Poster C52, Sunday, March 25, 1:00-3:00 pm, Exhibit Hall C
Alpha- and theta-band time-frequency representations in free reading of stories using EEG and EM coregistration
Max Cantor1, John Trueswell2, Albert Kim1; 1University of Colorado Boulder, 2University of Pennsylvania
We used coregistration of eye movements (EM) and electroencephalography (EEG) to investigate the neurocognitive mechanisms of naturalistic story reading. We examined how semantic fit between a word and its context influenced neural oscillatory activity during, and immediately prior to, fixation on the word. Contextual fit for a word was quantified as the summed cosine distance between each word and the 10 closest content words in its left context, within a space that represented each word as a vector derived from co-occurrence statistics in a large corpus (using the Global Vectors for Word Representation, or GloVe system). For each content word fixated by readers, we created a time-frequency representation (TFR) of brain activity surrounding the first fixation on that word. We compared brain activity to words with low vs. high contextual fit. Contextual fit influenced word-related brain activity in three main ways. First, ~250 to 50 ms prior to fixation, alpha band activity (8-12Hz) was reduced for low- relative to high-fit contexts. We suggest that this reflects event-related desynchronization (ERD) due to greater anticipatory processing in low-fit contexts, which are higher in uncertainty and trigger attempts to predict the upcoming word. Second, in a period ~200-600ms after fixation onset, we observed increased alpha band activity for low-fit words. This may correspond to inhibitory activity related to the competitive dynamics of word recognition. Third, ~300-700ms post-fixation, theta band activity (~5-7 Hz) was greater for high than low fit words. This may reflect memory retrieval operations related to integrating a word with context.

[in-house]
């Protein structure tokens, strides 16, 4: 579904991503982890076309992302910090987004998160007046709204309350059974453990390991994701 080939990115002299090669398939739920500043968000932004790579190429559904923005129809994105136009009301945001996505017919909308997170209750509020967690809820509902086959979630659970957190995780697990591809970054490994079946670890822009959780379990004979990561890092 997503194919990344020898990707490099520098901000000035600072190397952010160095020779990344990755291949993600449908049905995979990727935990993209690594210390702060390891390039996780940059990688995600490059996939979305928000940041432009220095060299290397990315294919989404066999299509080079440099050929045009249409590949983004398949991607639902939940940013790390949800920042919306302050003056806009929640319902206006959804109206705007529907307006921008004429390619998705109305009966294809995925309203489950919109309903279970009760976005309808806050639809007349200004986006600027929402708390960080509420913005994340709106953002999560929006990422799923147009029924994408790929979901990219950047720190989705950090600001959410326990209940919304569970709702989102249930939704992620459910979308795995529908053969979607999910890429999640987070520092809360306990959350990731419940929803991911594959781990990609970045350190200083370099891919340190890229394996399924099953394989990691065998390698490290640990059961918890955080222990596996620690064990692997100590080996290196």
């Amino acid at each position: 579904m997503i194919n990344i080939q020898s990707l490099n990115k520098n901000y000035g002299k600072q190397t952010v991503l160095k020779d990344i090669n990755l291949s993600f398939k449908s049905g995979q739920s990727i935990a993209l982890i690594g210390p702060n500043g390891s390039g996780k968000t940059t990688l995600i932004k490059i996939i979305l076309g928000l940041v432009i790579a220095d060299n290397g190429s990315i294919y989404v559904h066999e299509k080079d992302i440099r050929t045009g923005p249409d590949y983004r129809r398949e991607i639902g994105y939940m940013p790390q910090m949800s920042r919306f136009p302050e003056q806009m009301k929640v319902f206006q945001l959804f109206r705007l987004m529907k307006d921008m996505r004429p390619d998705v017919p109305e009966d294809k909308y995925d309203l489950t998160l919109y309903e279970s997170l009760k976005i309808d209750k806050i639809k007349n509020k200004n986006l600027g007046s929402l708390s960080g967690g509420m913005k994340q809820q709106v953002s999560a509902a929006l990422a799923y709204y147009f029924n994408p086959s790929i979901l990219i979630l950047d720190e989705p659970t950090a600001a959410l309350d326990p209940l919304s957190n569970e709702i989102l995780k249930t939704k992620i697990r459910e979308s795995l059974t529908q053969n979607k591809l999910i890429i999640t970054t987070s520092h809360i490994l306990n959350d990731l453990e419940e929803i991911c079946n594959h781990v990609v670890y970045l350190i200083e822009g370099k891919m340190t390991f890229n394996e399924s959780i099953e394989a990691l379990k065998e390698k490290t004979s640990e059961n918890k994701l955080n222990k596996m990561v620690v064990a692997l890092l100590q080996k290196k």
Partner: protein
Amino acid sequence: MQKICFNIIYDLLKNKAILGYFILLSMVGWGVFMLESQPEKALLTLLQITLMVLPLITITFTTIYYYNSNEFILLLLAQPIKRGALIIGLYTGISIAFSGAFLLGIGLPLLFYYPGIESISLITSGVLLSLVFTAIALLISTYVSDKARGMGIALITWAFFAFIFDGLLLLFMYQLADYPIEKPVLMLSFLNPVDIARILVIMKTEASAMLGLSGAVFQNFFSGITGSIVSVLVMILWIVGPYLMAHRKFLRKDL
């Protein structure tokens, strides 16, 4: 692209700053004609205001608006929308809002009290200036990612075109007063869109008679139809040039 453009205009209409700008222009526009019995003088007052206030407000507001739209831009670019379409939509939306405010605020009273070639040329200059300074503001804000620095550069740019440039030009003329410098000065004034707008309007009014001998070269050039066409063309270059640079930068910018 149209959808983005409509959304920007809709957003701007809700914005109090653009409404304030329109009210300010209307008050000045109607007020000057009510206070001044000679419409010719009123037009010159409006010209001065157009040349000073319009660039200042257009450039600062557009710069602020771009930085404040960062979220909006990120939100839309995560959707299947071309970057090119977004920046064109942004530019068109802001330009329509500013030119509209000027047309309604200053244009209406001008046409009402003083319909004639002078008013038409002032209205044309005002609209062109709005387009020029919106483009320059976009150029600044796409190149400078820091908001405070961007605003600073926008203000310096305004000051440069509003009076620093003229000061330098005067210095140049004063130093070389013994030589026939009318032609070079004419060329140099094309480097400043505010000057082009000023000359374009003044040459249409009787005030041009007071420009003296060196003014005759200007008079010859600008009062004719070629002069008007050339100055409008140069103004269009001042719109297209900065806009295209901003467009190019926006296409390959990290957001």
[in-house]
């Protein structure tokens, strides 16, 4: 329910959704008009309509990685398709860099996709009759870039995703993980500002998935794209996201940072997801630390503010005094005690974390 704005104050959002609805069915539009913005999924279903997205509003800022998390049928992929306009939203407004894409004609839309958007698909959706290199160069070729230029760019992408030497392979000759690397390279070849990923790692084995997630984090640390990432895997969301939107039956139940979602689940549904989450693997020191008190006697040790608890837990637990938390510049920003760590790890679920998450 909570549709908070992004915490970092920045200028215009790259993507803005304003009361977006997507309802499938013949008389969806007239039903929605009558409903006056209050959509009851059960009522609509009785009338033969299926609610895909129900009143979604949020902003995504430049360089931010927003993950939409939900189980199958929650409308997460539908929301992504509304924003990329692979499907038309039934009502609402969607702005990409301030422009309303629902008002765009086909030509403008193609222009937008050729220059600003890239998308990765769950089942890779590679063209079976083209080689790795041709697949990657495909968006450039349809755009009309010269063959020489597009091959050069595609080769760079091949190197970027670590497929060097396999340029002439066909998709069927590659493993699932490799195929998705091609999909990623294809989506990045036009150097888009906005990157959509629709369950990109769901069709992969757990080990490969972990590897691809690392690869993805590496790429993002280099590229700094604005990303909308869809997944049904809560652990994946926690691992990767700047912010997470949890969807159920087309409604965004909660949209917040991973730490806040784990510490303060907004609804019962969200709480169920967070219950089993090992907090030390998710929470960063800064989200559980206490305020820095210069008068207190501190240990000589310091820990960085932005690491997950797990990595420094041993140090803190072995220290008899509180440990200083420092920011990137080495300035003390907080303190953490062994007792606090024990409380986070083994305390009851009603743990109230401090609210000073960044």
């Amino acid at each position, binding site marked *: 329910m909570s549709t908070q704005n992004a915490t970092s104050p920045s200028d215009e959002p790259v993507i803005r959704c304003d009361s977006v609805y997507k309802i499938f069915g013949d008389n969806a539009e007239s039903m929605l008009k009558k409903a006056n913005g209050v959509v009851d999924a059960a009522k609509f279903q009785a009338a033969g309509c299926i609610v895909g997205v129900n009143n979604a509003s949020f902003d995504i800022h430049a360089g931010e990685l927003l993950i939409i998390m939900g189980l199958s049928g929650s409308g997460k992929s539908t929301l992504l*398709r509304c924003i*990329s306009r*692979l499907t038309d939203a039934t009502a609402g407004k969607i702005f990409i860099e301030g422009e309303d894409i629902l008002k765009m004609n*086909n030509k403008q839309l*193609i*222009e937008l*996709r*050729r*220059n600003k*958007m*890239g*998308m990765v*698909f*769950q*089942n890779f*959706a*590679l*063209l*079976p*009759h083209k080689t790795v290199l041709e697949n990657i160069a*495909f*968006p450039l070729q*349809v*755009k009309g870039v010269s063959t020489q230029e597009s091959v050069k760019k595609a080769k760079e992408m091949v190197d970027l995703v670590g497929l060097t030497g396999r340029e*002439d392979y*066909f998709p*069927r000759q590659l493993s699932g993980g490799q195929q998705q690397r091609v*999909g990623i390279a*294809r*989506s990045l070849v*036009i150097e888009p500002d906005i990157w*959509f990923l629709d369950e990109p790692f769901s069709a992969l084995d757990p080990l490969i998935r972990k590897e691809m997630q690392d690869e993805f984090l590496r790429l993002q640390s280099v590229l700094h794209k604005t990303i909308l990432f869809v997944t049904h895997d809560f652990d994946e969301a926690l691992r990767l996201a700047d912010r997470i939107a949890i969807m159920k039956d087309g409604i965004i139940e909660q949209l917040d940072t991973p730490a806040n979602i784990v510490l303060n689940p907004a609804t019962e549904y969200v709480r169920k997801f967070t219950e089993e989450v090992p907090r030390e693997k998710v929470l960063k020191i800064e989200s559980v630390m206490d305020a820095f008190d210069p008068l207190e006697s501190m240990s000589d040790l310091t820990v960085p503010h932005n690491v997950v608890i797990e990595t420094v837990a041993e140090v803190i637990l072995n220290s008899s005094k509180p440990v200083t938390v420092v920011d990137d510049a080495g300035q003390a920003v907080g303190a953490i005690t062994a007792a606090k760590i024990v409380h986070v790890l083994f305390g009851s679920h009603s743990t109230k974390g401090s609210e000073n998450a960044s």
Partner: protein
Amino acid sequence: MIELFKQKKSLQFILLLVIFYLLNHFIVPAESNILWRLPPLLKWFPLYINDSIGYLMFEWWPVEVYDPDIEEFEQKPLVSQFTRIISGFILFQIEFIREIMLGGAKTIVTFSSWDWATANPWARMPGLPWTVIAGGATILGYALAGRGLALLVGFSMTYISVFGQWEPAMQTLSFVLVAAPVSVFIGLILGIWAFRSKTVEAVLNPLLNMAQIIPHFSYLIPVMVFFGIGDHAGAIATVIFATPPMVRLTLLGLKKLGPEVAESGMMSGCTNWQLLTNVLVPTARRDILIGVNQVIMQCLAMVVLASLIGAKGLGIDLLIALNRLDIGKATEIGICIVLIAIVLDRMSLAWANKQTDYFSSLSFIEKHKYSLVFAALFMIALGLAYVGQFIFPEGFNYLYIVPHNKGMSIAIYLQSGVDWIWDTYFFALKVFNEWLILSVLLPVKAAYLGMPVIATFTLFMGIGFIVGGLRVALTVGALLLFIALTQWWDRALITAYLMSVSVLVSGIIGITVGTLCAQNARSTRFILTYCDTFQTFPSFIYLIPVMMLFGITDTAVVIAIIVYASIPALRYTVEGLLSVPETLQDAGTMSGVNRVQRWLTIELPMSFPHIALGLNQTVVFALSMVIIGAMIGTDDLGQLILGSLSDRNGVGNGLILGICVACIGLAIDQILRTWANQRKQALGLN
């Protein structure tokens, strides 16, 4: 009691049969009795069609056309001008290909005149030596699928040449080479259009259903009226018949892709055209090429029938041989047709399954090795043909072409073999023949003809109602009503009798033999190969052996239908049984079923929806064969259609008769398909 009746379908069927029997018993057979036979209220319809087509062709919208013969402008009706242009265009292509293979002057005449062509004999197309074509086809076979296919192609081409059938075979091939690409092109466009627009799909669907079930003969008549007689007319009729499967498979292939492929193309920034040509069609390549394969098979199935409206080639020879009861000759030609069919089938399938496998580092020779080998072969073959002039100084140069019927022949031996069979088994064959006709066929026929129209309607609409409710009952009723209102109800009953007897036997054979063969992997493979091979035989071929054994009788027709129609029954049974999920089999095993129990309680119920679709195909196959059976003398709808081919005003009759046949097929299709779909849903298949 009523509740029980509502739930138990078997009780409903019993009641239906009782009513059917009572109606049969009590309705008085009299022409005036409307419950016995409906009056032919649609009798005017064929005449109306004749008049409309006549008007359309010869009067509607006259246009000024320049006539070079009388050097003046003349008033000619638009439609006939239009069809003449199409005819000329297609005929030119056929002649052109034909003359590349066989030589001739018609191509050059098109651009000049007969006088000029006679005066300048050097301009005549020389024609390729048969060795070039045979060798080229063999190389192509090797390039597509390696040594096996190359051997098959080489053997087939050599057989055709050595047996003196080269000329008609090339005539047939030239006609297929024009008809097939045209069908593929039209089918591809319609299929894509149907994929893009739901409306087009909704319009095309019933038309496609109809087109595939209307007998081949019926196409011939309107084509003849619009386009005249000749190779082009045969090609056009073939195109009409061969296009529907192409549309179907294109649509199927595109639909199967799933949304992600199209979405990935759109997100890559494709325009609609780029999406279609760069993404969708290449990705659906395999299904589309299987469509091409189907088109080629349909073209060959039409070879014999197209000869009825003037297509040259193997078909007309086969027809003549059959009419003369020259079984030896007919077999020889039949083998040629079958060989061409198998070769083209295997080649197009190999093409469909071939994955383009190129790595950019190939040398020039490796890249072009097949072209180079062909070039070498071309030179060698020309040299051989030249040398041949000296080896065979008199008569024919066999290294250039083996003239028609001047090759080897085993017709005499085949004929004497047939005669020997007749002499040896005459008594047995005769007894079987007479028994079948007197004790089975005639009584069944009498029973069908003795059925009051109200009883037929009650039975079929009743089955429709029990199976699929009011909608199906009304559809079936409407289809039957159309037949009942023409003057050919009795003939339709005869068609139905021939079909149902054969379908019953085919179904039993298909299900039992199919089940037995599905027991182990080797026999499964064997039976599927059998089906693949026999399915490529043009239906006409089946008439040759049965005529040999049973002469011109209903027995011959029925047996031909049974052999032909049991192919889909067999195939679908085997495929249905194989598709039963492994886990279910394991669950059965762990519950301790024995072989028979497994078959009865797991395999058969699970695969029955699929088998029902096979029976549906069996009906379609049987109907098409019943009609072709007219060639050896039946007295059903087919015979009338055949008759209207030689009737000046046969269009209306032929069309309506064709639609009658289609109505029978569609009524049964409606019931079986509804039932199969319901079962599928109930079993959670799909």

Topic Area: LANGUAGE: Semantic